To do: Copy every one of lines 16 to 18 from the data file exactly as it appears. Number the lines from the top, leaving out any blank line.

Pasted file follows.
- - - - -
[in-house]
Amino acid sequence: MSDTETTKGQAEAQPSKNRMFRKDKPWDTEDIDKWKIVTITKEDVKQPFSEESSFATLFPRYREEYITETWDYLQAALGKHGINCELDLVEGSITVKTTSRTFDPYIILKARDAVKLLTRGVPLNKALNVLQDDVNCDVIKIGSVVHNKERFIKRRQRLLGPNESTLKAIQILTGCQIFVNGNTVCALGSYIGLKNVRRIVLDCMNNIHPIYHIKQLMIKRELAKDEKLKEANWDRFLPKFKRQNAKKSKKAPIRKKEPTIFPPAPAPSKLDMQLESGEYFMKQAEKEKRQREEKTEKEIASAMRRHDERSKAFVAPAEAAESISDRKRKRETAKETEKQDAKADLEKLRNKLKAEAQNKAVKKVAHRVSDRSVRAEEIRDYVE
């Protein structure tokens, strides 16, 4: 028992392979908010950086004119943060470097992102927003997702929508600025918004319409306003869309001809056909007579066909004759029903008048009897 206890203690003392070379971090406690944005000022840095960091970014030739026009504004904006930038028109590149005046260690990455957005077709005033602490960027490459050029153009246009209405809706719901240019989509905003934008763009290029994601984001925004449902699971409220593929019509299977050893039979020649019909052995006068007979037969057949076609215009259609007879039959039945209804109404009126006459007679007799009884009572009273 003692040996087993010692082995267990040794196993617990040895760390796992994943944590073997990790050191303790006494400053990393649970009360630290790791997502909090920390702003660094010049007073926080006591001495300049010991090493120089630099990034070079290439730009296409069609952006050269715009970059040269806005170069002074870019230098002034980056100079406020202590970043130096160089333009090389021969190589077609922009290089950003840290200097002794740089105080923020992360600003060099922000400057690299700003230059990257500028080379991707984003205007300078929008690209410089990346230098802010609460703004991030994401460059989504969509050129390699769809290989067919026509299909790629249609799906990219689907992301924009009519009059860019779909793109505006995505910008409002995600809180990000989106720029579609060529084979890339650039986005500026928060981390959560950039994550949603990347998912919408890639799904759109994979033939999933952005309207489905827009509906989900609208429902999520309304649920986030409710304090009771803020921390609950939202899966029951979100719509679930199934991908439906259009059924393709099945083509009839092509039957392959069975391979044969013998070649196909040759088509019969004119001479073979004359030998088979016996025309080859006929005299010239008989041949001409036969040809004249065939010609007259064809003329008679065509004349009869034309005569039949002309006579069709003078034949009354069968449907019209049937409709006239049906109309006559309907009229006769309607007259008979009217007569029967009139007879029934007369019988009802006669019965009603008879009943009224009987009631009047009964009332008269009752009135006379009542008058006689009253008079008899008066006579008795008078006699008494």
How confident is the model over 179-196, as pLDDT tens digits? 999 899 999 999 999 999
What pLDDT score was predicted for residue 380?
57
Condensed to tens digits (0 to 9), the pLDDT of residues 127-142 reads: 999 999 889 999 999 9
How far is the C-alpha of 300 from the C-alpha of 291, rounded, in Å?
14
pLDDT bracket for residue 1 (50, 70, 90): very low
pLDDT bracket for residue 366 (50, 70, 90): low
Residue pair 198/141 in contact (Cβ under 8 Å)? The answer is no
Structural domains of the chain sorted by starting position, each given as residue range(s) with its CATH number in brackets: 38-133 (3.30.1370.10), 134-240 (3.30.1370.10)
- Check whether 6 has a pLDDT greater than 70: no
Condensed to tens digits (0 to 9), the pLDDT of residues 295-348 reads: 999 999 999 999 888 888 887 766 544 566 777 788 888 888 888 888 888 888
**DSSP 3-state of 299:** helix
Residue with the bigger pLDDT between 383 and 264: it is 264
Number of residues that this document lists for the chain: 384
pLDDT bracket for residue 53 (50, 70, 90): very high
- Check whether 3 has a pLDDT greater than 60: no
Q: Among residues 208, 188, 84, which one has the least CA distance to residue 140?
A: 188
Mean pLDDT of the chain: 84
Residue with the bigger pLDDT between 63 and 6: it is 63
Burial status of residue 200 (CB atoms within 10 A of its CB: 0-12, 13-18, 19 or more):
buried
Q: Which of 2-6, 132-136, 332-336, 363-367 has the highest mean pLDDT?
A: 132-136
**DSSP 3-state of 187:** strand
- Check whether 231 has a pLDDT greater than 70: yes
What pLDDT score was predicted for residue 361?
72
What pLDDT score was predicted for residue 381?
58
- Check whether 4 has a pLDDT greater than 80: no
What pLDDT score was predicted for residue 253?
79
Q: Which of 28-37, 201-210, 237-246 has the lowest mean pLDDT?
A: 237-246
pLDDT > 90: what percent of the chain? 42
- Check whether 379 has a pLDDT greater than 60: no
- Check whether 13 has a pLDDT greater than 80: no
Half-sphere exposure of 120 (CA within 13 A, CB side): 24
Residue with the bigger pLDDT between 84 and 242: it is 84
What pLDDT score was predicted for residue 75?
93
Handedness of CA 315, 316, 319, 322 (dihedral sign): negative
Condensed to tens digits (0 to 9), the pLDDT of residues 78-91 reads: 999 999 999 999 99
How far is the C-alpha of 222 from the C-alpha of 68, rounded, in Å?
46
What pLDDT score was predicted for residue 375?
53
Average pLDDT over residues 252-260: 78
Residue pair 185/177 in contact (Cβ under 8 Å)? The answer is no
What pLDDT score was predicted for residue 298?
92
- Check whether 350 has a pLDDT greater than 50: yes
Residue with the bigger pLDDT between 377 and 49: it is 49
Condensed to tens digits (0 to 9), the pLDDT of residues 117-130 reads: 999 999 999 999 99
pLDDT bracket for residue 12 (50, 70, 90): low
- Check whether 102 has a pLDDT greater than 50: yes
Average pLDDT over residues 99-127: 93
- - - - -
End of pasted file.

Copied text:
**DSSP 3-state of 299:** helix
Residue with the bigger pLDDT between 383 and 264: it is 264
Number of residues that this document lists for the chain: 384